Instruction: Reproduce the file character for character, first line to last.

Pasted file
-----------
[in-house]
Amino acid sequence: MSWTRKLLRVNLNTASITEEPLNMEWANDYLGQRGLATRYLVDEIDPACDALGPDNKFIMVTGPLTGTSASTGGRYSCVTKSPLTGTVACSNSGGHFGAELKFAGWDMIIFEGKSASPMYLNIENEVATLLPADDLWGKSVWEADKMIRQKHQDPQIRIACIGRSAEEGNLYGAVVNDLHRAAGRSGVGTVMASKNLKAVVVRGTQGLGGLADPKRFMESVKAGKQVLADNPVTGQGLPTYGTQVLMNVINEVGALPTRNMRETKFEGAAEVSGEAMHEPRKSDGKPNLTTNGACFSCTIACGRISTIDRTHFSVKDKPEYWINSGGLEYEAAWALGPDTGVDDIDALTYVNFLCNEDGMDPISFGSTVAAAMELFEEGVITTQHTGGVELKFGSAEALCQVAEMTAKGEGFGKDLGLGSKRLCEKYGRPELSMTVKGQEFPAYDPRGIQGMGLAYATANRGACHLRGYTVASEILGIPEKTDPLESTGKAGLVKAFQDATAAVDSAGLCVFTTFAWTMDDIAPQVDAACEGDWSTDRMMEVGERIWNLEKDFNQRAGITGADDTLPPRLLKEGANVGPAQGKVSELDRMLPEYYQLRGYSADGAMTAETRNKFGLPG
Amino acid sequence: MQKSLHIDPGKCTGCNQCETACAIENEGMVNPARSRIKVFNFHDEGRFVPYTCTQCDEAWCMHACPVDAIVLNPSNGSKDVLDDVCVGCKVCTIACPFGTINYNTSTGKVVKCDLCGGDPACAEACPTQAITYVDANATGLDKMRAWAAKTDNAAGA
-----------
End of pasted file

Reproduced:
[in-house]
Amino acid sequence: MSWTRKLLRVNLNTASITEEPLNMEWANDYLGQRGLATRYLVDEIDPACDALGPDNKFIMVTGPLTGTSASTGGRYSCVTKSPLTGTVACSNSGGHFGAELKFAGWDMIIFEGKSASPMYLNIENEVATLLPADDLWGKSVWEADKMIRQKHQDPQIRIACIGRSAEEGNLYGAVVNDLHRAAGRSGVGTVMASKNLKAVVVRGTQGLGGLADPKRFMESVKAGKQVLADNPVTGQGLPTYGTQVLMNVINEVGALPTRNMRETKFEGAAEVSGEAMHEPRKSDGKPNLTTNGACFSCTIACGRISTIDRTHFSVKDKPEYWINSGGLEYEAAWALGPDTGVDDIDALTYVNFLCNEDGMDPISFGSTVAAAMELFEEGVITTQHTGGVELKFGSAEALCQVAEMTAKGEGFGKDLGLGSKRLCEKYGRPELSMTVKGQEFPAYDPRGIQGMGLAYATANRGACHLRGYTVASEILGIPEKTDPLESTGKAGLVKAFQDATAAVDSAGLCVFTTFAWTMDDIAPQVDAACEGDWSTDRMMEVGERIWNLEKDFNQRAGITGADDTLPPRLLKEGANVGPAQGKVSELDRMLPEYYQLRGYSADGAMTAETRNKFGLPG
Amino acid sequence: MQKSLHIDPGKCTGCNQCETACAIENEGMVNPARSRIKVFNFHDEGRFVPYTCTQCDEAWCMHACPVDAIVLNPSNGSKDVLDDVCVGCKVCTIACPFGTINYNTSTGKVVKCDLCGGDPACAEACPTQAITYVDANATGLDKMRAWAAKTDNAAGA